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Self Compassion Part 2

Part 2.

Research-based suggestions for increasing your self-compassion.

By Will Sutherland

In the previous article on Self Compassion, I wrote about the mounting scientific support for self-compassion as a catalyst in psychotherapy and recovery. I also outlined the various evolutionary and attachment based theories that underpin this effect. I’ll be honest, it wasn’t until I finished the last article that I finally conceded: ‘Fine! I’ll start being self-compassionate!’. I naturally skew towards the tough love camp. Evidently, self-compassion was not the most appealing practice for me. However, I have reluctantly introduced some self-compassion practices. And to my delight, these practices and concepts have become a wonderful addition to my existing mental health practices. That’s the good part; compassion is a skill that can be learned4. There is a growing body of research identifying the functional components of self-compassion. In a pioneering study on self-compassion, Kristin D. Neff presents three components that make up self-compassion: self-kindness, connection and mindful self-regulation13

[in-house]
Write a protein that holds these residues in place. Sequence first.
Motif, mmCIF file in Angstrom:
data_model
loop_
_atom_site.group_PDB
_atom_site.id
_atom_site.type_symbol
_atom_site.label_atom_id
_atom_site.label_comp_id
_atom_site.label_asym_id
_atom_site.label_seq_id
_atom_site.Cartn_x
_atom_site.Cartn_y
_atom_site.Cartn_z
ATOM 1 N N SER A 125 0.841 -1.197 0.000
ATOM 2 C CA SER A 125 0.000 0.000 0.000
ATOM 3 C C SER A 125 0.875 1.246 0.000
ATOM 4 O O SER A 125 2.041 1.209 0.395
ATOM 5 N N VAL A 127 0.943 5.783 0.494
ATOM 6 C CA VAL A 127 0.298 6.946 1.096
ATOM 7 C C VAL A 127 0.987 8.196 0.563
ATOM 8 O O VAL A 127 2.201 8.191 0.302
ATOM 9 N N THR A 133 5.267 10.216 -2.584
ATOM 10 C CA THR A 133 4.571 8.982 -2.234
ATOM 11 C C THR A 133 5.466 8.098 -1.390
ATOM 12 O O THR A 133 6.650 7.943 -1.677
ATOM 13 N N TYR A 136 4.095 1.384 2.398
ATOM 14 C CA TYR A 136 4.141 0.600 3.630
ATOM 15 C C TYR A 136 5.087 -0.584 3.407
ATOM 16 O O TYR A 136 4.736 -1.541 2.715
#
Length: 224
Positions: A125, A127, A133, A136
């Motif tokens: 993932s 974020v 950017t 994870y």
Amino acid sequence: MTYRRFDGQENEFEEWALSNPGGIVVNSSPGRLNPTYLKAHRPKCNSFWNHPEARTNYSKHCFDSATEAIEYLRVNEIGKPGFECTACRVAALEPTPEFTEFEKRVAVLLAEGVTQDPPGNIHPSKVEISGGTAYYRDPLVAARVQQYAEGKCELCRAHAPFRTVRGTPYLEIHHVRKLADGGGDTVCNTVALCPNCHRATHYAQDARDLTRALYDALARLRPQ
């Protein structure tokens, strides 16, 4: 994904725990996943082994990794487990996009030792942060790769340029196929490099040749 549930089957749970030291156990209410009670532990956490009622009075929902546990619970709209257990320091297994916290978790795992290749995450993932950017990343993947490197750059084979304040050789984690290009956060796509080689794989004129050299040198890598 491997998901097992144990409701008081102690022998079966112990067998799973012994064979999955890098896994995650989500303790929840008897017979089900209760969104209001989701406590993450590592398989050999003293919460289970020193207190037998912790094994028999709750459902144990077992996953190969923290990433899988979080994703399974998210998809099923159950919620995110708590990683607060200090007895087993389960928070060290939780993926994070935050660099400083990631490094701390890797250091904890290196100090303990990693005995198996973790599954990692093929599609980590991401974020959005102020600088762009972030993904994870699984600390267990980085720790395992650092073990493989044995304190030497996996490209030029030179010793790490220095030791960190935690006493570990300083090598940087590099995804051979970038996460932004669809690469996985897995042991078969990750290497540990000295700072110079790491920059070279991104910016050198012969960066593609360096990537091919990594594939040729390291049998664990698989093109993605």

Self-kindness is reacting to your own failures with the same grace and gentleness that you would to a friend5. Additionally, it involves challenging self-critical thoughts. Those with eating disorders are typically low on self-kindness and experience very high levels of shame and self-criticism12. A twelve-week Compassion Focused group program for those with eating disorders, significantly reduced reports of shame, self-criticism and pathological-eating9. The study also significantly reduced another barrier to self-compassion; fear of compassion12. Fear of compassion is described as both: the belief that you’re not worthy of compassion and the fear that self-compassion will negatively affect how you are perceived by others9. The maladaptive view that self-criticism is necessary and helpful, is not reserved for those with eating disorders. Many athletes believe that too much self-compassion may encourage mediocre performance6. However, self-compassion not self-criticism increases your ability to through navigate the natural failures and successes in sport. Self-compassion is also likely to increase behavioral reactions in sport and reduce maladaptive reactions to failure7.